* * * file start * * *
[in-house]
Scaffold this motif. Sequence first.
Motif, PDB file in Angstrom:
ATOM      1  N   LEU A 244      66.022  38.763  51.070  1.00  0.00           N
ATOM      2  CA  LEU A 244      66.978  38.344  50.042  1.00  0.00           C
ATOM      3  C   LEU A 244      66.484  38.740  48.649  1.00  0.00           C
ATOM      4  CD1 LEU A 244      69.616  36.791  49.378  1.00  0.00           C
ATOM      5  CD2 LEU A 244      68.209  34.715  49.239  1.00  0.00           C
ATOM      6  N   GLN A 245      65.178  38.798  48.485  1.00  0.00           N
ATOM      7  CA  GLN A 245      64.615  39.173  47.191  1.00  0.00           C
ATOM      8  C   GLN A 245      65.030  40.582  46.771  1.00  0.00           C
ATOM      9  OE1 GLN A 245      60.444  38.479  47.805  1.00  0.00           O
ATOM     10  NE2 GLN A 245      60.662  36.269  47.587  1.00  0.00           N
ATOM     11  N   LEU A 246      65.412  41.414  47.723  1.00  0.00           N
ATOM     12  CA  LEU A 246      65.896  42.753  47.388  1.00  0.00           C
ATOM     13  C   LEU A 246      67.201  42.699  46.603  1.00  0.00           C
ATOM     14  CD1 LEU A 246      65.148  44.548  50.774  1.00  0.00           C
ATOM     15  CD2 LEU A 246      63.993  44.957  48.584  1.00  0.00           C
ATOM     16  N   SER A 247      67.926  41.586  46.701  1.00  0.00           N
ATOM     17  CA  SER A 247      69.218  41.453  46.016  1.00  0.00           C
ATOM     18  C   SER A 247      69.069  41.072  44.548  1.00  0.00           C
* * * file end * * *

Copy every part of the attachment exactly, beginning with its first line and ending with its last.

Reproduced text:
[in-house]
Scaffold this motif. Sequence first.
Motif, PDB file in Angstrom:
ATOM      1  N   LEU A 244      66.022  38.763  51.070  1.00  0.00           N
ATOM      2  CA  LEU A 244      66.978  38.344  50.042  1.00  0.00           C
ATOM      3  C   LEU A 244      66.484  38.740  48.649  1.00  0.00           C
ATOM      4  CD1 LEU A 244      69.616  36.791  49.378  1.00  0.00           C
ATOM      5  CD2 LEU A 244      68.209  34.715  49.239  1.00  0.00           C
ATOM      6  N   GLN A 245      65.178  38.798  48.485  1.00  0.00           N
ATOM      7  CA  GLN A 245      64.615  39.173  47.191  1.00  0.00           C
ATOM      8  C   GLN A 245      65.030  40.582  46.771  1.00  0.00           C
ATOM      9  OE1 GLN A 245      60.444  38.479  47.805  1.00  0.00           O
ATOM     10  NE2 GLN A 245      60.662  36.269  47.587  1.00  0.00           N
ATOM     11  N   LEU A 246      65.412  41.414  47.723  1.00  0.00           N
ATOM     12  CA  LEU A 246      65.896  42.753  47.388  1.00  0.00           C
ATOM     13  C   LEU A 246      67.201  42.699  46.603  1.00  0.00           C
ATOM     14  CD1 LEU A 246      65.148  44.548  50.774  1.00  0.00           C
ATOM     15  CD2 LEU A 246      63.993  44.957  48.584  1.00  0.00           C
ATOM     16  N   SER A 247      67.926  41.586  46.701  1.00  0.00           N
ATOM     17  CA  SER A 247      69.218  41.453  46.016  1.00  0.00           C
ATOM     18  C   SER A 247      69.069  41.072  44.548  1.00  0.00           C